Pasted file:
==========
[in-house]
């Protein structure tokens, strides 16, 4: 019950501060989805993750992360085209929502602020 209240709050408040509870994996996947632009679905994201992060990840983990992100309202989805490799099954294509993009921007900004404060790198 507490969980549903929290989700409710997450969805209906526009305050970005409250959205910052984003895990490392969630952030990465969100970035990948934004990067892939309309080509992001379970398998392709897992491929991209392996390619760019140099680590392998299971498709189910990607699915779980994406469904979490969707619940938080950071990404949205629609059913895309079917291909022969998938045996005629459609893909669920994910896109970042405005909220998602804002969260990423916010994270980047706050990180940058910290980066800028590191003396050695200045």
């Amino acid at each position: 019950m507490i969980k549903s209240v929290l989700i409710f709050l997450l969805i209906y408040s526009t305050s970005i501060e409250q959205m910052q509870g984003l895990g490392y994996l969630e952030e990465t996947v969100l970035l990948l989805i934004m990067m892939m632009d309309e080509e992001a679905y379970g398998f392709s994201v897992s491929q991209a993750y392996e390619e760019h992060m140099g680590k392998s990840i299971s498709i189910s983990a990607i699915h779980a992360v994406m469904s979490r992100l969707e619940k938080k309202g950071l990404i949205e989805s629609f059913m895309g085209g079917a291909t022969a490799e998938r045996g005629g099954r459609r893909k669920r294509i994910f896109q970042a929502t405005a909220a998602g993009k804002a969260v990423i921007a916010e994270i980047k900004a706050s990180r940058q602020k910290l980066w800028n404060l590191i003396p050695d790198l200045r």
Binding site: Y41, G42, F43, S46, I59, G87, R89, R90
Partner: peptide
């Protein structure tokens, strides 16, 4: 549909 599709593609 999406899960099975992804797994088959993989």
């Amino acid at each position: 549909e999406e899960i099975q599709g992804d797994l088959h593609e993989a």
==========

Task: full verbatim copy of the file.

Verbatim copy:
[in-house]
């Protein structure tokens, strides 16, 4: 019950501060989805993750992360085209929502602020 209240709050408040509870994996996947632009679905994201992060990840983990992100309202989805490799099954294509993009921007900004404060790198 507490969980549903929290989700409710997450969805209906526009305050970005409250959205910052984003895990490392969630952030990465969100970035990948934004990067892939309309080509992001379970398998392709897992491929991209392996390619760019140099680590392998299971498709189910990607699915779980994406469904979490969707619940938080950071990404949205629609059913895309079917291909022969998938045996005629459609893909669920994910896109970042405005909220998602804002969260990423916010994270980047706050990180940058910290980066800028590191003396050695200045």
């Amino acid at each position: 019950m507490i969980k549903s209240v929290l989700i409710f709050l997450l969805i209906y408040s526009t305050s970005i501060e409250q959205m910052q509870g984003l895990g490392y994996l969630e952030e990465t996947v969100l970035l990948l989805i934004m990067m892939m632009d309309e080509e992001a679905y379970g398998f392709s994201v897992s491929q991209a993750y392996e390619e760019h992060m140099g680590k392998s990840i299971s498709i189910s983990a990607i699915h779980a992360v994406m469904s979490r992100l969707e619940k938080k309202g950071l990404i949205e989805s629609f059913m895309g085209g079917a291909t022969a490799e998938r045996g005629g099954r459609r893909k669920r294509i994910f896109q970042a929502t405005a909220a998602g993009k804002a969260v990423i921007a916010e994270i980047k900004a706050s990180r940058q602020k910290l980066w800028n404060l590191i003396p050695d790198l200045r």
Binding site: Y41, G42, F43, S46, I59, G87, R89, R90
Partner: peptide
């Protein structure tokens, strides 16, 4: 549909 599709593609 999406899960099975992804797994088959993989």
């Amino acid at each position: 549909e999406e899960i099975q599709g992804d797994l088959h593609e993989a």